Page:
Events

May 1, 2012

NASA Explorer Schools Symposium showcases student research

Students from across the nation will gather at NASA’s Johnson Space Center in Houston May 2-5 for the annual NASA Explorer Schools Symposium.

These future leaders in science, technology, education and math, or STEM, have completed research investigations and will present their findings to a team of NASA scientists and engineers, student peers and educators.

The competitively selected group consists of 60 students in grades four through 12 and 30 educators from 21 states. The group’s research projects were designed to inspire interest in STEM disciplines and encourage pursuit of technical careers.

The students completed an original investigation based on existing NASA missions or research programs. Participants presented their work virtually to experts at NASA centers earlier this year in regional symposia using the agency’s Digital Learning Network.

“NASA’s mission of research and discovery is a powerful context for learning,” said Greg “Box” Johnson, astronaut and associate director of external programs at the agency’s Glenn Research Center in Cleveland. “Each year students amaze us with presentations that in many ways mirror the work of our scientists and engineers. This symposium offers students practical experience giving presentations in a professional setting while providing a front-row seat to NASA’s careers, research and discoveries.”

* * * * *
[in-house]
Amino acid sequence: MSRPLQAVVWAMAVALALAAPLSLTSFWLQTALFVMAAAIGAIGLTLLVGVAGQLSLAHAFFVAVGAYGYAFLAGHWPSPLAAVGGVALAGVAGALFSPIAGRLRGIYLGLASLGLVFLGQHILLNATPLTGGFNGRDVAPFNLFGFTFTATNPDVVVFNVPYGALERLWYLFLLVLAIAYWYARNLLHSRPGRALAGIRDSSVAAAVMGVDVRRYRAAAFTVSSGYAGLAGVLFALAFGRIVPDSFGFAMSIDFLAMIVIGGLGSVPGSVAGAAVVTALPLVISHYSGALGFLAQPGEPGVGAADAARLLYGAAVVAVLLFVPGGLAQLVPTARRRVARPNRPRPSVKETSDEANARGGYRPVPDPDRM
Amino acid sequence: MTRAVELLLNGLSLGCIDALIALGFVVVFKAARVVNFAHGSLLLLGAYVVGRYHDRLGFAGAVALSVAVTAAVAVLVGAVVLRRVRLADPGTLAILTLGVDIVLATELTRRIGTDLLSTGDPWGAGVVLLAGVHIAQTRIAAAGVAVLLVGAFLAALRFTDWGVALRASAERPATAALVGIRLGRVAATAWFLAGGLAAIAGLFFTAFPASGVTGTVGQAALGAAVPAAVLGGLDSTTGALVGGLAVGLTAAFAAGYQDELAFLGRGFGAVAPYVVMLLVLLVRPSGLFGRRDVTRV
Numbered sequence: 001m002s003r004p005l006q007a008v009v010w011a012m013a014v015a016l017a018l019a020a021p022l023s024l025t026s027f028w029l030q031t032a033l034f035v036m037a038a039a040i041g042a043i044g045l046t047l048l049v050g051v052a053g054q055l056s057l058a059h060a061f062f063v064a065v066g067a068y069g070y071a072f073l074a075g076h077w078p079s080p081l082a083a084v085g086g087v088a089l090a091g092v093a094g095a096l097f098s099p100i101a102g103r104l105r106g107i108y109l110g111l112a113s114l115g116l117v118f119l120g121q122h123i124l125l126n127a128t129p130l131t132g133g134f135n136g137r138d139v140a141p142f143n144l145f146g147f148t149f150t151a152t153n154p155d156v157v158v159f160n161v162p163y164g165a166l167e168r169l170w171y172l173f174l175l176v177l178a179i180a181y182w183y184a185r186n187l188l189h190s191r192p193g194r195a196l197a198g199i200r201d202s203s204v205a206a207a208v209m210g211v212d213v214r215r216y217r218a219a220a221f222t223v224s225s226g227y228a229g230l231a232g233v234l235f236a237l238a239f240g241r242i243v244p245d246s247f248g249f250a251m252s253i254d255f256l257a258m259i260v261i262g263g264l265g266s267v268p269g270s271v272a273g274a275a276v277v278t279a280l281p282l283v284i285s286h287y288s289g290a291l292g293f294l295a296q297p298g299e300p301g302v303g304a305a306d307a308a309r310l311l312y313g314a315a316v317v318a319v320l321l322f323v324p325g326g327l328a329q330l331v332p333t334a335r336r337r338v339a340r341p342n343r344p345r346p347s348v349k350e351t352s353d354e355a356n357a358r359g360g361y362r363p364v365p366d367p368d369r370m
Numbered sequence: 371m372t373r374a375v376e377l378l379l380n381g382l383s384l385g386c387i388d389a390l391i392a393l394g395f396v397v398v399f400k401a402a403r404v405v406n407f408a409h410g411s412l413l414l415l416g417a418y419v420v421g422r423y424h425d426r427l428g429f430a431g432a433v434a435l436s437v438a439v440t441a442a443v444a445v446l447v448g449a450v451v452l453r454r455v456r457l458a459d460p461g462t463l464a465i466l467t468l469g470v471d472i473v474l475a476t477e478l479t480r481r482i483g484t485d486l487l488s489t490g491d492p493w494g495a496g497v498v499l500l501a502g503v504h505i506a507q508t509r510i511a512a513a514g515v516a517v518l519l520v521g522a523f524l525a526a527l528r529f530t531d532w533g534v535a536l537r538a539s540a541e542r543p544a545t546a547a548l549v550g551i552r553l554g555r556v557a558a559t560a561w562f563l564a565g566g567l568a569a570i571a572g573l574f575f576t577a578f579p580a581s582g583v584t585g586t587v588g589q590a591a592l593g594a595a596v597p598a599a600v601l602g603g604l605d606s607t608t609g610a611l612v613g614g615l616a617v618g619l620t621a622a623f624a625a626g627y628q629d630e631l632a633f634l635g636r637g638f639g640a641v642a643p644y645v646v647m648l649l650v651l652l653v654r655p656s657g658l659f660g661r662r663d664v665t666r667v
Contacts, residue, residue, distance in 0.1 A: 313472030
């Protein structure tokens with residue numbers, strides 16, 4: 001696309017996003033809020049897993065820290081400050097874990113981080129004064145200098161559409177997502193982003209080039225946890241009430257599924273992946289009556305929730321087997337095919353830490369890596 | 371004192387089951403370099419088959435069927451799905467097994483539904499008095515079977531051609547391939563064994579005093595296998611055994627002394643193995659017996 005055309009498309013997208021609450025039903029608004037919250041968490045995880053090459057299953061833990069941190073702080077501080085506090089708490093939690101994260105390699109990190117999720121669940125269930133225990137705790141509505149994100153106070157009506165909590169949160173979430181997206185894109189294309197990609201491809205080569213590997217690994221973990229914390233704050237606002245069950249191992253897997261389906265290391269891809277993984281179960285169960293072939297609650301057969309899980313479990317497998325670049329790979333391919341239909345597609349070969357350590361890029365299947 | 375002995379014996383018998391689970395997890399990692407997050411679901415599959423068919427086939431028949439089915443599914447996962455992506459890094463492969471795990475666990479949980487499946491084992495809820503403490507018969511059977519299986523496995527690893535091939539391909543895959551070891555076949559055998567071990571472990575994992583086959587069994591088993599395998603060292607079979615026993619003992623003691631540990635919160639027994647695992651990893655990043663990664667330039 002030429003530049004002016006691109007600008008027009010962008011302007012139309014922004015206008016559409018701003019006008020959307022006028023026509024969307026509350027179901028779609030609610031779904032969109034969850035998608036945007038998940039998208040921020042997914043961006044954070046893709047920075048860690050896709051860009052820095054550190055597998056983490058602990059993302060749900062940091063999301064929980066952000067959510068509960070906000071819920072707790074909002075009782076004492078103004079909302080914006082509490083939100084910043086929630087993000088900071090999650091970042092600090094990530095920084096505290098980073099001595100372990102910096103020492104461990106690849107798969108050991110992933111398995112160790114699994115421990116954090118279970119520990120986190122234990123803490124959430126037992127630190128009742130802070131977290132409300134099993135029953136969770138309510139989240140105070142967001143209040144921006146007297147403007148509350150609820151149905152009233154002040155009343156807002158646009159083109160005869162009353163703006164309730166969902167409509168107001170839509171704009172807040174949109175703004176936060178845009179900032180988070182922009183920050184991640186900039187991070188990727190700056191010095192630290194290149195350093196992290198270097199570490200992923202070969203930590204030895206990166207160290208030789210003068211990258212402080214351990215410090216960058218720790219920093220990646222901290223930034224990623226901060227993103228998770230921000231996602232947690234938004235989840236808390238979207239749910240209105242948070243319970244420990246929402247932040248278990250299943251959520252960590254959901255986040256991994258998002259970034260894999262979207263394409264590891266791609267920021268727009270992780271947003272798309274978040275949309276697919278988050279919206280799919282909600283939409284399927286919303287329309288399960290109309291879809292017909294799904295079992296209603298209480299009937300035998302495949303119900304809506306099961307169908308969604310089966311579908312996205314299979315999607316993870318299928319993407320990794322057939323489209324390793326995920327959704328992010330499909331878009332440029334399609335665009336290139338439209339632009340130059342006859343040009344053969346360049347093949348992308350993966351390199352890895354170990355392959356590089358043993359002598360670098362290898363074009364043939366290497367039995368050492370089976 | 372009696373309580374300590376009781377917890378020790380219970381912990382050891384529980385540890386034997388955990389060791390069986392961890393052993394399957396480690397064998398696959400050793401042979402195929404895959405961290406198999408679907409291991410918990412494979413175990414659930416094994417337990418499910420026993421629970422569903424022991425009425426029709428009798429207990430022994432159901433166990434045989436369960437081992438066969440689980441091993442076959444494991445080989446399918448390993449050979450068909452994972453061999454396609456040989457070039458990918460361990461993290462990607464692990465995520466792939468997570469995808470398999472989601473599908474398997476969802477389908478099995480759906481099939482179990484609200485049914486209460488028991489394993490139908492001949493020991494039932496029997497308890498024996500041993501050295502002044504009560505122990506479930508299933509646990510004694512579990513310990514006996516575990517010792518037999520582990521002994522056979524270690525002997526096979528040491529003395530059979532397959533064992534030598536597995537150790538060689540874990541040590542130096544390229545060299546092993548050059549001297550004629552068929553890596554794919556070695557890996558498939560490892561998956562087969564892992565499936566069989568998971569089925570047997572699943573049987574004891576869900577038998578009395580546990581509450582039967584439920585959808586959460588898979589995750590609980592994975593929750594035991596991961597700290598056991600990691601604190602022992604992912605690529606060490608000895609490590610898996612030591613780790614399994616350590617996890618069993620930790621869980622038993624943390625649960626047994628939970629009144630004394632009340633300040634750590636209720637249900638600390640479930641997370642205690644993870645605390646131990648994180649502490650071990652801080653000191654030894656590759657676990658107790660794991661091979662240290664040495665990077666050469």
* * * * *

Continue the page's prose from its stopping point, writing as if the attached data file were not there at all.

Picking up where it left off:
In addition to presenting their work at the national symposium, participants also will learn more about NASA’s research activities and exploration missions. Students will tour a variety of operational facilities at Johnson, including the Neutral Buoyancy Lab, a large swimming pool that plays a key role in astronaut training.

The NASA Explorer Schools project offers multiple pathways for participation and requires no application process. Teacher participants must be U.S. citizens and have a valid education certification as an administrator or educator in a nationally accredited education institution within the United States or its territories, or Department of Defense or State Department schools.

The program is a key part of NASA’s Office of Education goals to help develop the next generation of scientists, engineers and explorers through STEM studies.

 

For more information about the NASA Explorer Schools project, visit http://explorerschools.nasa.gov.

 

For more information about NASA’s education programs, visit http://www.nasa.gov/education.

 




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